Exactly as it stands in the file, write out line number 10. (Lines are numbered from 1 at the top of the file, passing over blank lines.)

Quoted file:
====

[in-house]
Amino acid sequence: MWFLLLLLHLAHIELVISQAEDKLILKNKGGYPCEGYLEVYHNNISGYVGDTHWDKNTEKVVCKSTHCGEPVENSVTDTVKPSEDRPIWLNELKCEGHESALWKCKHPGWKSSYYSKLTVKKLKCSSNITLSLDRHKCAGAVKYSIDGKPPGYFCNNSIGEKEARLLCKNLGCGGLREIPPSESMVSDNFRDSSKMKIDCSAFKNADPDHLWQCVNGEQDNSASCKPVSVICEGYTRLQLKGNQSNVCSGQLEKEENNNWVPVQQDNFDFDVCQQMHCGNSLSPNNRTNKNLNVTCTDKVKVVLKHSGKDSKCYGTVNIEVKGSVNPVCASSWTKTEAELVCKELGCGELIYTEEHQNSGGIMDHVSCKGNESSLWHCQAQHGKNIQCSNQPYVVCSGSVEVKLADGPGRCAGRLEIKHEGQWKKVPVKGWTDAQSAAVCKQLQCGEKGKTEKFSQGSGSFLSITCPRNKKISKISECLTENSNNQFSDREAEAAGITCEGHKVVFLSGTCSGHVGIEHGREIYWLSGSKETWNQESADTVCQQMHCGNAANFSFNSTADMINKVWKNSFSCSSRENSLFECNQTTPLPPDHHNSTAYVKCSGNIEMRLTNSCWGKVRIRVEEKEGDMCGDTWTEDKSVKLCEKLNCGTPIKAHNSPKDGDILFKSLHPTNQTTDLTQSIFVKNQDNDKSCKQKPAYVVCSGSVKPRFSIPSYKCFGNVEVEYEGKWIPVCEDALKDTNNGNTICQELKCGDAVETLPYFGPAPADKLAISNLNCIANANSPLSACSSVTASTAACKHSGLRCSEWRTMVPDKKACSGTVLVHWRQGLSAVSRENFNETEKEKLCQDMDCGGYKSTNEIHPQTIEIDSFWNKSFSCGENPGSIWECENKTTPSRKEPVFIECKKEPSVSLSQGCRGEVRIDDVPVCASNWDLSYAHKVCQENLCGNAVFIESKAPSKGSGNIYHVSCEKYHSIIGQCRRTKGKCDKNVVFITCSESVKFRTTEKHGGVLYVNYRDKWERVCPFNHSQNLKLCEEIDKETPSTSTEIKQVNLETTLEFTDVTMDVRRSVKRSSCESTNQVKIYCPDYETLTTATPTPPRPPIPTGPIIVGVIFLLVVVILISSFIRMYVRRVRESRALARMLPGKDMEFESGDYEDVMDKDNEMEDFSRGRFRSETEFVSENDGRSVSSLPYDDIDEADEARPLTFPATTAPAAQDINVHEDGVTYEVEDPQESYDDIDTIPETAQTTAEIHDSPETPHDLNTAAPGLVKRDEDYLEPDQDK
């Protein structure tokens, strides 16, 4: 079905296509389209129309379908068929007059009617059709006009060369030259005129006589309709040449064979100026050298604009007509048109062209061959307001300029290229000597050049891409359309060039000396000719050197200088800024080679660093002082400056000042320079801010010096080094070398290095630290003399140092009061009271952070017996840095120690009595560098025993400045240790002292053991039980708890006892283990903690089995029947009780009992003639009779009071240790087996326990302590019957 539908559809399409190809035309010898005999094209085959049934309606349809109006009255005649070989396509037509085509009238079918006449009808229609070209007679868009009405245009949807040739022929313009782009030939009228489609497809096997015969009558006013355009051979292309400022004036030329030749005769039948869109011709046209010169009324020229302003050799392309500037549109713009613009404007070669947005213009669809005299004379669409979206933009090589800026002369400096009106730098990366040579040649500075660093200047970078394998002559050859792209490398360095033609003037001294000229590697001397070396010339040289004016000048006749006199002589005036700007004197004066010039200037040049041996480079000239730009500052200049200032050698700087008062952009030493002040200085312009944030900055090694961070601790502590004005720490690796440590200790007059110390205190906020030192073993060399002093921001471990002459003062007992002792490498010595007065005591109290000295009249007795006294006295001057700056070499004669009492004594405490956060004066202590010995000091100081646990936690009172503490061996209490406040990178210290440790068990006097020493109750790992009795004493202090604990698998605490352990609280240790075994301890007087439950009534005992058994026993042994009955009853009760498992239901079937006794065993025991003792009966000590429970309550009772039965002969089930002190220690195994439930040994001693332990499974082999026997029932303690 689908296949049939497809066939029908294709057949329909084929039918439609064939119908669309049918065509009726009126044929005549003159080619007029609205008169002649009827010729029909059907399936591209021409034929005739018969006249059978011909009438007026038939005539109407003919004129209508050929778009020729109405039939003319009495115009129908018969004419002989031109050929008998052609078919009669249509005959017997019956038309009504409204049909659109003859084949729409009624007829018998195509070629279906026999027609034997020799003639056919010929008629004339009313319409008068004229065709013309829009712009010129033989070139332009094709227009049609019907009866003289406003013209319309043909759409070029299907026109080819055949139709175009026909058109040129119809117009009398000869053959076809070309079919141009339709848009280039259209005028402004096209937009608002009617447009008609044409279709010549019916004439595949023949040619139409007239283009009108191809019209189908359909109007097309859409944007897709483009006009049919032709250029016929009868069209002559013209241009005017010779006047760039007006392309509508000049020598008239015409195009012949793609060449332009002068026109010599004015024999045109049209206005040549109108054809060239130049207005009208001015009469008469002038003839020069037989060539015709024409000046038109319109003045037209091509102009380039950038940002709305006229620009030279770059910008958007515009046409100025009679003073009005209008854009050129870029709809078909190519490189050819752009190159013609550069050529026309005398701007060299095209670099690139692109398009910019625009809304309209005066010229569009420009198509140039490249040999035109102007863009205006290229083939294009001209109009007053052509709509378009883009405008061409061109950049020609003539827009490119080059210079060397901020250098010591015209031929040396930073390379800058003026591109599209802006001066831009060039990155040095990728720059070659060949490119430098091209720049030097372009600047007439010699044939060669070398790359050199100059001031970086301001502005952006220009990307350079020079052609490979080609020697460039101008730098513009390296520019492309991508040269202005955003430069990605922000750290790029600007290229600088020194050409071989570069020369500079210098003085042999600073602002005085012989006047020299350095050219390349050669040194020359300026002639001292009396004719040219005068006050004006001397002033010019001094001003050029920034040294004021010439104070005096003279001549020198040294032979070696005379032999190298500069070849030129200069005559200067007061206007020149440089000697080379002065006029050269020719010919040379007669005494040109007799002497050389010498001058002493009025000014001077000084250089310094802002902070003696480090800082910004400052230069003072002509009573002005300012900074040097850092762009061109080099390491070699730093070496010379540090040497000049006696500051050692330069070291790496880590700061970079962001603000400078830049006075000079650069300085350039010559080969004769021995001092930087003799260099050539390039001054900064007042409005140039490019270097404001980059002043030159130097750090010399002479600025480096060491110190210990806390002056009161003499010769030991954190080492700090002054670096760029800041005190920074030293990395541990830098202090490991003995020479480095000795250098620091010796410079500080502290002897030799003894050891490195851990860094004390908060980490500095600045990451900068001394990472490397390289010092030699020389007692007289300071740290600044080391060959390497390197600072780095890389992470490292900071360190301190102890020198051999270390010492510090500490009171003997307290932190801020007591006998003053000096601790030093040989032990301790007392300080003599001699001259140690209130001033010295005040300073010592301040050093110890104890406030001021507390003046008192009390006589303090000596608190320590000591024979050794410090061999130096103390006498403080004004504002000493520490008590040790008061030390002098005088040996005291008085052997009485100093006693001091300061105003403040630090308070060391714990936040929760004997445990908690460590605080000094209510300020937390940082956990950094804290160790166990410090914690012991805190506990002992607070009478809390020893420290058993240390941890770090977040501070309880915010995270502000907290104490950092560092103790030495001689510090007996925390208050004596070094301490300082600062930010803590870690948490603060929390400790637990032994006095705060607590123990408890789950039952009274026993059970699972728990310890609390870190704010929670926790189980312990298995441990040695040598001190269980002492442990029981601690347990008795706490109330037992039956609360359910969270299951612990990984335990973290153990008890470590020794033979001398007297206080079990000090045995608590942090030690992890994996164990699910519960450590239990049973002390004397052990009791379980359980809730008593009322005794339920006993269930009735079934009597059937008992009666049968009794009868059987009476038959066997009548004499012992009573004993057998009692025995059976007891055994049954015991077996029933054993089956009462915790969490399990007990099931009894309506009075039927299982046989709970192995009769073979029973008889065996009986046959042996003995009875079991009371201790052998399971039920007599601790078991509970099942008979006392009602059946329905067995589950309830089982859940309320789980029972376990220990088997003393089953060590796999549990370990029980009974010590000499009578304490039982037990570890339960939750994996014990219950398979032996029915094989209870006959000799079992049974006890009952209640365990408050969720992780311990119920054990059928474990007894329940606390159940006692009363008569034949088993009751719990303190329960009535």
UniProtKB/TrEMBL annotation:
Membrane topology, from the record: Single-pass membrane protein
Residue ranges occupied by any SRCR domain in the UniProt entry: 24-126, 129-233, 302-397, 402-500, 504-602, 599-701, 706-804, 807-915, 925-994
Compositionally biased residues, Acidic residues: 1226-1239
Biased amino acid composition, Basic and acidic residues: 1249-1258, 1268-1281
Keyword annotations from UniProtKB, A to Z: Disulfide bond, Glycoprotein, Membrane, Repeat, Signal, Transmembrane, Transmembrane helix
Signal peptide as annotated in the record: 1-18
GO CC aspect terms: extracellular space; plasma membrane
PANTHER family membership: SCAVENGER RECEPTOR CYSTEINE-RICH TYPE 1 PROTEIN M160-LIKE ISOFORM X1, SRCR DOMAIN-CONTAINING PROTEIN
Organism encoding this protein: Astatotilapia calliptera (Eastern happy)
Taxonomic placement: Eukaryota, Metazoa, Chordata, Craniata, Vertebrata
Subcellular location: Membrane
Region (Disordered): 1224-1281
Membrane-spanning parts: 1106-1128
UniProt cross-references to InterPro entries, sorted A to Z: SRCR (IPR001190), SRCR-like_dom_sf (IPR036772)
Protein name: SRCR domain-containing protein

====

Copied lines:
Signal peptide as annotated in the record: 1-18